McGuffy’s closed, but may reopen soon, landlord says

McGuffy’s House of Rock, a popular live-music club at 5418 Burkhardt Road in Riverside, has closed, but a spokesman for the Spin-Kemp shopping center that houses McGuffy’s said the business may reopen soon under new ownership.

“At this time, it’s very promising,” said Mike Zhang of Impala Capital LLC, owner of the shopping center. “I believe something will be happening there very soon.”

McGuffy’s hosted a show on New Year’s Eve but has not shown any concert-hosting activity on its Facebook page since then.

Zhang said he was unsure whether the club would reopen as McGuffy’s or under some other name. McGuffy’s House of Rock — previously McGuffy’s House of Draft — was established in 1981, and for more than three decades has hosted rock acts and other musicians, most of them either on their way up in their careers, and some a few years past their song-selling or stadium-filling prime. The club’s capacity is about 550.

In recent years, McGuffy’s featured live music on Friday and Saturday nights, with occasional concerts for national touring acts.

McGuffy’s current owners could not be reached. No one answers the phone at the club. The business had been purchased in 2008 by Julia Norris of Centerville. Norris could not be reached.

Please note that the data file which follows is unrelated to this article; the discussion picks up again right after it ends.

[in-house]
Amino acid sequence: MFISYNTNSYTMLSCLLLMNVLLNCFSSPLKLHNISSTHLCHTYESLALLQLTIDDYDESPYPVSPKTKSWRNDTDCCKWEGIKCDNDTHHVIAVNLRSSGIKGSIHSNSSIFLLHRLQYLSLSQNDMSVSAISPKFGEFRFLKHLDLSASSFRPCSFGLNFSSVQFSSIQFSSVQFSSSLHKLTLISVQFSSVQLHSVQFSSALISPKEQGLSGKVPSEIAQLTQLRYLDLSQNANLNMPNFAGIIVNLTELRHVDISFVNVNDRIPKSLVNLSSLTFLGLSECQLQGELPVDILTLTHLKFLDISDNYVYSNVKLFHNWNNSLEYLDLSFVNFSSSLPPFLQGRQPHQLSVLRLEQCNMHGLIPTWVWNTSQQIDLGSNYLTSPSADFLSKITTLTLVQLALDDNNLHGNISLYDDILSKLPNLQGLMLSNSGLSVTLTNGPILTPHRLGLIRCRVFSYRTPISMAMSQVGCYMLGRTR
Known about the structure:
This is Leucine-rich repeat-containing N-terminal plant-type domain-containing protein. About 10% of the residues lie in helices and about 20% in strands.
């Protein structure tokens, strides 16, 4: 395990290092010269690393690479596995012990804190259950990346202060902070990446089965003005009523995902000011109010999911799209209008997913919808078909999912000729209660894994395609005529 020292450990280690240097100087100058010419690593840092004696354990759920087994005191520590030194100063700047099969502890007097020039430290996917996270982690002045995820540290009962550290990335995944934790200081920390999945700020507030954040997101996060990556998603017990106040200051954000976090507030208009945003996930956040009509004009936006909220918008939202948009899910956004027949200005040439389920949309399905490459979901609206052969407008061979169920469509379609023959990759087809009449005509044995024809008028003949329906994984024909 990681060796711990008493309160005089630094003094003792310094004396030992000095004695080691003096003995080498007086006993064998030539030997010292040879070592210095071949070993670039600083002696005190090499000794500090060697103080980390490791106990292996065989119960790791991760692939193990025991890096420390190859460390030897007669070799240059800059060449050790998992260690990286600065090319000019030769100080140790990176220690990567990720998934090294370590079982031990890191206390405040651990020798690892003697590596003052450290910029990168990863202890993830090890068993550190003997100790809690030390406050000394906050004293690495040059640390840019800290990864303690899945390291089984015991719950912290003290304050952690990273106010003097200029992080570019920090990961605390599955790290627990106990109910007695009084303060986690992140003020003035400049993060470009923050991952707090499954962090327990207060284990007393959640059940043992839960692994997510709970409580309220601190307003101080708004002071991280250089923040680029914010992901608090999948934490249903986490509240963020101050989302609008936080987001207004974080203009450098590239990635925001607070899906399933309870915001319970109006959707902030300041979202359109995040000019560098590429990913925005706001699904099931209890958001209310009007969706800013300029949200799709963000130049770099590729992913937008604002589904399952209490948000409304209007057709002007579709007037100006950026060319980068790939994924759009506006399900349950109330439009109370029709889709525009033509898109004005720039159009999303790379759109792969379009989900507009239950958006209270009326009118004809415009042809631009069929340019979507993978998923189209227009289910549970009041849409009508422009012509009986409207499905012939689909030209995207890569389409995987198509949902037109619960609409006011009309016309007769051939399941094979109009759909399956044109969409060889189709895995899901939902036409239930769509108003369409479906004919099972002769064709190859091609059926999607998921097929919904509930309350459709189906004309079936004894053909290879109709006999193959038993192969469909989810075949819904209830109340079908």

When Norris purchased the club in the summer of 2008, McGuffy’s had no shows on the books and was being operated as a restaurant and pool hall. Norris revamped the club’s physical layout, removing a raised seating area to create a more open floor plan, and invested in a new lighting system. By 2010, concerts had returned, and the number of patrons who attended concerts had increased three to four times over early 2008 levels, Norris said in a 2010 interview.

Among McGuffy’s many notorious moments: the members of Guns N’ Roses spent three nights hanging out at McGuffy’s before the band’s two-night stand at the Nutter Center in January 1992, and on the third night of hanging out at the club, band members — minus Axl Rose — took the stage and played a 30-minute-plus set.

The band skipped out on a $179 bar tab, but then-owner John Knauss told the Dayton Daily News three years later that he didn’t mind. “We’ll pay $179 for somebody like that to come in any time and play,” Knauss said.